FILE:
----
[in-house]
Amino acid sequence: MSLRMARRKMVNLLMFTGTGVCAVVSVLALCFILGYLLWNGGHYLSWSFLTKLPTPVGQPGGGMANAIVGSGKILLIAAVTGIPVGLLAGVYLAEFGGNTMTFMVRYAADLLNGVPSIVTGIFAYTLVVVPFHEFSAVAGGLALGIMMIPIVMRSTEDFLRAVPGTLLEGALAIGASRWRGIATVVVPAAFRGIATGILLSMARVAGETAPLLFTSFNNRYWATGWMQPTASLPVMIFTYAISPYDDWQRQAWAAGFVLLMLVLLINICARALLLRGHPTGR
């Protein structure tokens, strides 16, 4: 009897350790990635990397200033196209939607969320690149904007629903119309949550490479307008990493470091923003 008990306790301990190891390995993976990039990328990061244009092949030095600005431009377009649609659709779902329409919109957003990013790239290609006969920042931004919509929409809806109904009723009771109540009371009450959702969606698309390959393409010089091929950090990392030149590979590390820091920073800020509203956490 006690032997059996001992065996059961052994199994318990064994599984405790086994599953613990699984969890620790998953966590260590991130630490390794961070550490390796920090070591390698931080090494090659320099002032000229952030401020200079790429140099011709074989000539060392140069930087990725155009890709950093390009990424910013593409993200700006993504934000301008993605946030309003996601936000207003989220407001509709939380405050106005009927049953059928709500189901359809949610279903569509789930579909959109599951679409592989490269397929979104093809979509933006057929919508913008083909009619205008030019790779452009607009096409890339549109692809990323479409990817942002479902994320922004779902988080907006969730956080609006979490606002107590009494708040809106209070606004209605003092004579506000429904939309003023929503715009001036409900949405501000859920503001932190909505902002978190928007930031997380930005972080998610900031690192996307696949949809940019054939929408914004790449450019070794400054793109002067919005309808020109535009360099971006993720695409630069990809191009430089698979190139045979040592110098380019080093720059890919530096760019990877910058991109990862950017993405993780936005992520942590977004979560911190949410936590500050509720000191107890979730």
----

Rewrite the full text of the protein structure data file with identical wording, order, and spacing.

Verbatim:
[in-house]
Amino acid sequence: MSLRMARRKMVNLLMFTGTGVCAVVSVLALCFILGYLLWNGGHYLSWSFLTKLPTPVGQPGGGMANAIVGSGKILLIAAVTGIPVGLLAGVYLAEFGGNTMTFMVRYAADLLNGVPSIVTGIFAYTLVVVPFHEFSAVAGGLALGIMMIPIVMRSTEDFLRAVPGTLLEGALAIGASRWRGIATVVVPAAFRGIATGILLSMARVAGETAPLLFTSFNNRYWATGWMQPTASLPVMIFTYAISPYDDWQRQAWAAGFVLLMLVLLINICARALLLRGHPTGR
């Protein structure tokens, strides 16, 4: 009897350790990635990397200033196209939607969320690149904007629903119309949550490479307008990493470091923003 008990306790301990190891390995993976990039990328990061244009092949030095600005431009377009649609659709779902329409919109957003990013790239290609006969920042931004919509929409809806109904009723009771109540009371009450959702969606698309390959393409010089091929950090990392030149590979590390820091920073800020509203956490 006690032997059996001992065996059961052994199994318990064994599984405790086994599953613990699984969890620790998953966590260590991130630490390794961070550490390796920090070591390698931080090494090659320099002032000229952030401020200079790429140099011709074989000539060392140069930087990725155009890709950093390009990424910013593409993200700006993504934000301008993605946030309003996601936000207003989220407001509709939380405050106005009927049953059928709500189901359809949610279903569509789930579909959109599951679409592989490269397929979104093809979509933006057929919508913008083909009619205008030019790779452009607009096409890339549109692809990323479409990817942002479902994320922004779902988080907006969730956080609006979490606002107590009494708040809106209070606004209605003092004579506000429904939309003023929503715009001036409900949405501000859920503001932190909505902002978190928007930031997380930005972080998610900031690192996307696949949809940019054939929408914004790449450019070794400054793109002067919005309808020109535009360099971006993720695409630069990809191009430089698979190139045979040592110098380019080093720059890919530096760019990877910058991109990862950017993405993780936005992520942590977004979560911190949410936590500050509720000191107890979730």